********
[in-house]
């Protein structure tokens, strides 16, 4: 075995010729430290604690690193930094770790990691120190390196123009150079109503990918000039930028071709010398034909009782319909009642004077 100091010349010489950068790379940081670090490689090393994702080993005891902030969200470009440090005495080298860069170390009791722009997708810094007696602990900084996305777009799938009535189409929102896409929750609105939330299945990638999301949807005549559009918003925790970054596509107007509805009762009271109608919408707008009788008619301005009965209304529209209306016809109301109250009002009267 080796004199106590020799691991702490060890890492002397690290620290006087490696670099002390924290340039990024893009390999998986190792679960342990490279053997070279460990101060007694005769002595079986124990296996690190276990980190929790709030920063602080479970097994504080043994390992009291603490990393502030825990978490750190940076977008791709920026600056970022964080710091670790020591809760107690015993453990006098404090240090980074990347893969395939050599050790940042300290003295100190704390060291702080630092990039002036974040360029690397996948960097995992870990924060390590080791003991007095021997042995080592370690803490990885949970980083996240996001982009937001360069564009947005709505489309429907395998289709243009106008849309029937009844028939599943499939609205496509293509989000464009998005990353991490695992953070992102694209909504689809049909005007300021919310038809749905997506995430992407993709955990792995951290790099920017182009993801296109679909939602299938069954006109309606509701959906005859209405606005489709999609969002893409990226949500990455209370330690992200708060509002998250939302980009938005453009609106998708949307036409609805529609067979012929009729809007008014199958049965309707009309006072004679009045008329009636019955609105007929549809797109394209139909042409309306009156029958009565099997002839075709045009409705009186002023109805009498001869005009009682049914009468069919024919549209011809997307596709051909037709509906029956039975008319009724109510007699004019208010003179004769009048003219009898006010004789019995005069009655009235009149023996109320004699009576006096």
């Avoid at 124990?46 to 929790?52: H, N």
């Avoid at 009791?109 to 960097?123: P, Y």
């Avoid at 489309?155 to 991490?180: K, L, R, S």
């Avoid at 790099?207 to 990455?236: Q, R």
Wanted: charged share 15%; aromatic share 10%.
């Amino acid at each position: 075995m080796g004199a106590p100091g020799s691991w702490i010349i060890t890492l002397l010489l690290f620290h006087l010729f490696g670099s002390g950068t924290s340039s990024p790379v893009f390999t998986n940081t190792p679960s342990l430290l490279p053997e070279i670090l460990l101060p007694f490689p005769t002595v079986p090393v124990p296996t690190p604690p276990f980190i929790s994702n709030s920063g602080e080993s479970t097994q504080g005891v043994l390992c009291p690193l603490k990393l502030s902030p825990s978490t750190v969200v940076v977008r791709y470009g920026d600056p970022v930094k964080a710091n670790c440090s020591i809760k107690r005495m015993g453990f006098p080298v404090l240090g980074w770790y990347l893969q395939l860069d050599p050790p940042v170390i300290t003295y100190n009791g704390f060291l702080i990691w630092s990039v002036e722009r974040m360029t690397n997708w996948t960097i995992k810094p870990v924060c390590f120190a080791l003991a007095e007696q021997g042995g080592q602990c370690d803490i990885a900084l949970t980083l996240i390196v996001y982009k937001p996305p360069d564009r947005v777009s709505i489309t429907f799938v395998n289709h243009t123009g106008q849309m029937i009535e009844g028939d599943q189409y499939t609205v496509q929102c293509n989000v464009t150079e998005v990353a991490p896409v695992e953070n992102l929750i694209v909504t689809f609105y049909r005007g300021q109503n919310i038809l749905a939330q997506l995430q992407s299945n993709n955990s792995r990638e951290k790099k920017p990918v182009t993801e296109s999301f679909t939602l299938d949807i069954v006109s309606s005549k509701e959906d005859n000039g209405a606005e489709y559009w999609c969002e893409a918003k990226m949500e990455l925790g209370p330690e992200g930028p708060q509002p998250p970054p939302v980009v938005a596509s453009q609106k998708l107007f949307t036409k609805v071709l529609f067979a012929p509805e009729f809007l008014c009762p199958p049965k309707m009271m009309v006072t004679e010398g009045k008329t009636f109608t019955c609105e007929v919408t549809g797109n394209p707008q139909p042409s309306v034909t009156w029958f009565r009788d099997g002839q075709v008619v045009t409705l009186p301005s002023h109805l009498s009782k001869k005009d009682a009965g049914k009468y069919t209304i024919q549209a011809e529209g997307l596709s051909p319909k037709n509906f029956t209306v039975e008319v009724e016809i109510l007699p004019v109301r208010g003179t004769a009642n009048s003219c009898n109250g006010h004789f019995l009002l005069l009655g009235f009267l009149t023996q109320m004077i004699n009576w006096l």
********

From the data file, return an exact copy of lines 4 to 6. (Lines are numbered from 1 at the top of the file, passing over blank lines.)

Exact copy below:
């Avoid at 009791?109 to 960097?123: P, Y």
């Avoid at 489309?155 to 991490?180: K, L, R, S």
């Avoid at 790099?207 to 990455?236: Q, R």